Tony Anthony (born Roger Pettito
on October 16, 1937, in Clarksburg, West Virginia), is a former film
actor, producer, director, and screenwriter, best known for his
starring roles in spaghetti westerns.
His first two films were Force of Impulse and Without
Each Other, low-budget independent films directed by Saul
Swimmer. In search of greener pastures, he moved to Italy, where he
appeared in some minor supporting roles. His friend Swimmer had moved
to England, where he befriended Allen Klein. Klein agreed to help
Anthony get his foot in the door, and produced his first major film.
Unable to find work in America, Anthony went to Europe to film
Wounds of Hunger that he co-wrote.
Anthony was present in Europe when the Sergio Leone Westerns were
setting box office records but had not yet been released in America.
Anthony contacted Klein, then a major MGM stockholder, about
co-financing a spaghetti western he was in, Klein and Anthony both
putting up $20,000 US. The film Klein produced was a spaghetti western
called A Stranger in Town/Un Dollaro tra i Denti .
A low budget clear imitation of A Fistful of Dollars, it
starred Anthony as the titular Stranger, a shotgun-wielding antihero
who helps a group of Mexican bandits steal gold from the US Army and
Federales, and then steals it right back from them. Released by
MGM to compete with the United Artists Clint Eastwood the Man with No
Name film series, it became a surprise success, and spawned three
sequels in which Tony Anthony reprised his role.
With these movies, Tony Anthony often brought the genre to unusual
places. His own persona was not the typical tough spaghetti western
hero; the Stranger was vulnerable and sneaky, with a sardonic sense of
humor. The second Stranger film, The Stranger Returns/Un Uomo,
un cavallo, una Pistola was a more polished entry that had a golden
stagecoach as its MacGuffin.
Anthony's willingness to experiment with the genre resulted in the
third series entry, the self-explanatory A Stranger in Japan/ Lo
Straniero di Silenzio/The Silent Stranger. Considered by many the
first "East-meets-West western", predating Red Sun by three years, its
release was delayed for seven years in the US due to a dispute with
MGM, and never received a European release at all. Anthony later
declared the film his best and lamented the cuts that MGM made to it.
Both had scores by Stelvio Cipriani.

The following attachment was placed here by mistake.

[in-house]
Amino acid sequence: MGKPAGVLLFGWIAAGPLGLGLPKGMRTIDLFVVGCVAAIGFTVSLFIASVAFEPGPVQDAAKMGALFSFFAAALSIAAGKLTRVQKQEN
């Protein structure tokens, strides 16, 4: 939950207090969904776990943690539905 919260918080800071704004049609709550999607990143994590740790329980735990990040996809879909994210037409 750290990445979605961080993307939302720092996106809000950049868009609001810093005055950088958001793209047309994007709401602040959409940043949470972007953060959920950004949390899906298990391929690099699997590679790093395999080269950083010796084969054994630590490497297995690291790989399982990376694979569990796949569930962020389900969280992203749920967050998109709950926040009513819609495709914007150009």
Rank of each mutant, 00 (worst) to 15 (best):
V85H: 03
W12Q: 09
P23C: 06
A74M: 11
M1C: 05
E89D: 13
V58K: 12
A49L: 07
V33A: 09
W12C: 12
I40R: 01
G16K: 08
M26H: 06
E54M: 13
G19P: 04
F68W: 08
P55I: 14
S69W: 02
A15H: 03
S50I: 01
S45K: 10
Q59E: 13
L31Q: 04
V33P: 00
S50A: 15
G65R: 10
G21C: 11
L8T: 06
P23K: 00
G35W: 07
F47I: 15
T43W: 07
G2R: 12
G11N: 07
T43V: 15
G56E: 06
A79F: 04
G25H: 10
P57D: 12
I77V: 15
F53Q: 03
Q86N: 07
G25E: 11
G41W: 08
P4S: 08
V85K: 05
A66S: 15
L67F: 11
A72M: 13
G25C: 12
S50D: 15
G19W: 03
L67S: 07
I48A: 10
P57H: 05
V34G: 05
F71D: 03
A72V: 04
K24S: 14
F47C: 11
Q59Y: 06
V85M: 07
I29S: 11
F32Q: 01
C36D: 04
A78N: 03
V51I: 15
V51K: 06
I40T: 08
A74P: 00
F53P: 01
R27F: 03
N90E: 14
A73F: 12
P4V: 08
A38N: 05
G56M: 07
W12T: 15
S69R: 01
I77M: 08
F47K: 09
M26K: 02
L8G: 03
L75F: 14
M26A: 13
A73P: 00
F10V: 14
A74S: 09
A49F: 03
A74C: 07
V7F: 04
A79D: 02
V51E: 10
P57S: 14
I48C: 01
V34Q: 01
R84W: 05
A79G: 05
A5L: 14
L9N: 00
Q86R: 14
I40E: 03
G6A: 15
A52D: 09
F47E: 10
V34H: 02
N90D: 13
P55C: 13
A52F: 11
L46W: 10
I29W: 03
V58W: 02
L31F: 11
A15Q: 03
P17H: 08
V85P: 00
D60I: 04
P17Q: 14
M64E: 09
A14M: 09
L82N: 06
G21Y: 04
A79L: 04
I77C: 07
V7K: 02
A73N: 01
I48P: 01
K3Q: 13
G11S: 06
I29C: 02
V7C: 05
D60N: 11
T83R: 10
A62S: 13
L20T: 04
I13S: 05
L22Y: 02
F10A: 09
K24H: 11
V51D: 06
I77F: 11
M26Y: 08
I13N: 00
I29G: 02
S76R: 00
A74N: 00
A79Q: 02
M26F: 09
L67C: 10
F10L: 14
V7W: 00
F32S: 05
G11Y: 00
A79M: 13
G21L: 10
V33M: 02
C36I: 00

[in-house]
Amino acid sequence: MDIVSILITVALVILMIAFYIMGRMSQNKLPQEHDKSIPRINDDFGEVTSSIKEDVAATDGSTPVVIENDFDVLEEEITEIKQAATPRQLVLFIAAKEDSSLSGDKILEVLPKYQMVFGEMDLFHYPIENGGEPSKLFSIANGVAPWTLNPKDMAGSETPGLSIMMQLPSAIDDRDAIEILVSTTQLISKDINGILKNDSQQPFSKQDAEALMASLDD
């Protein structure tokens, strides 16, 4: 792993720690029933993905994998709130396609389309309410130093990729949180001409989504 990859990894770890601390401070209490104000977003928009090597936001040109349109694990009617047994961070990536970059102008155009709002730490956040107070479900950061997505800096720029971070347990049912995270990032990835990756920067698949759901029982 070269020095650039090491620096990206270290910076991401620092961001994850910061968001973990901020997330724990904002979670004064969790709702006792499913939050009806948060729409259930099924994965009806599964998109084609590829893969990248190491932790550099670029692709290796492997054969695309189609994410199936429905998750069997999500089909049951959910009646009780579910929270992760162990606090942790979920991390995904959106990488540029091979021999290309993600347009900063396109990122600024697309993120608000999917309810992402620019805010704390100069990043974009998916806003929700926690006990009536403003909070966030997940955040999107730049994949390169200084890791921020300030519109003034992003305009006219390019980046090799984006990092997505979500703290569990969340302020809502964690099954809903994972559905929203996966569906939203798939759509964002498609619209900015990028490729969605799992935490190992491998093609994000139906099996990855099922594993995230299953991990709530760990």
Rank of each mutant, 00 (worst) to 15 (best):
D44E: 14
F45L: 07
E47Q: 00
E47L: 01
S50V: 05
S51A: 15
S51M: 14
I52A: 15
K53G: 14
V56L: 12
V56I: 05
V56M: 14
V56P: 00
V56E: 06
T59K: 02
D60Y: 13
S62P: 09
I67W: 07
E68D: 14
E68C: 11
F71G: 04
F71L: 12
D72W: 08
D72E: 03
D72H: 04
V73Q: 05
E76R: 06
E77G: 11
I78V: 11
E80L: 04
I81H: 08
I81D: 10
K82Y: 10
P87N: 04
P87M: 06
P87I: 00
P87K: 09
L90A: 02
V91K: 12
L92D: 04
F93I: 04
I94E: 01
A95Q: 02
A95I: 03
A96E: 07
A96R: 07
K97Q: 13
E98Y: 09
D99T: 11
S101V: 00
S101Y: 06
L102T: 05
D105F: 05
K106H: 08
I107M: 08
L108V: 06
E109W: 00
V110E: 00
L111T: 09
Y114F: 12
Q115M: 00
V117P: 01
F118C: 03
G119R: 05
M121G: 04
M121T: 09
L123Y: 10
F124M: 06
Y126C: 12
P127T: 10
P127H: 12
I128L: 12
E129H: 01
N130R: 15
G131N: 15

His next film was Blindman, a spaghetti-western variation
on the Zatoichi series. Anthony played a blind gunslinger hired to
escort fifty mail-order brides to their husbands. By that time, Allen
Klein had become the manager of the Beatles, and Saul Swimmer had
directed many of their music videos and concert films.
Both were producers on Blindman, and their presence led to
Ringo Starr accepting a supporting role as one of the bandits. Ringo
would produce Anthony's next film, which Swimmer would direct: a
semi-autobiographical road movie called Cometogether. In this film,
Anthony plays an American stuntman working on spaghetti westerns in
Rome. The film contains behind the scenes-footage of a spaghetti
western being shot.
In 1976, long after the heyday of the genre, Anthony starred as the
Stranger for a fourth time in Get Mean. A bizarre film that
can barely be considered a western at all, it instead takes place in
Spain, where the Stranger has to battle invading Vikings and Moors
after escorting a princess there. It failed to find a wide audience.
The 3-D years
In 1981, Anthony returned to the Spaghetti well
one more time for what would be his biggest box-office success.
Comin' at Ya!, which he wrote, produced, and starred in, was a
fairly ordinary western in all respects but one - it was in 3-D. In
order for the film to receive a wide release, Anthony designed a
low-cost projection lens which was cheaper than the old-fashioned 3-D
lenses. With constant 3-D effects throughout the film and an extensive
marketing campaign, the movie became a smash which set off the
short-lived but intense 3-D craze of the early 80s.
Tony Anthony would star in one more 3-D film: the Indiana Jones
ripoff Treasure of the Four Crowns. Rushed into production to
cash in on his previous hit, it came near the end of the 3-D craze and
failed to find the same success. Anthony next announced a 3-D
science-fiction movie called Seeing is Believing, but with the 3-D
craze over, it could not find a financer and was never made.
Treasure of the Four Crowns would be Tony
Anthony's last acting role. He has effectively retired from
the movie industry, although he has occasionally produced films, such
as the infamous Wild Orchid and the spaghetti western throwback A
Dollar For the Dead. He currently runs an optical equipment company.
In late August 2009 it was announced that Tony
Anthony had taken the "over and under 3-D" format of
"Comin' At Ya!" and converted it to "digital 3-D" as a part of the
film's reissue. A release date has yet to be stated. This announcement
was made on the film's official site CominAtYaNoir3D.com .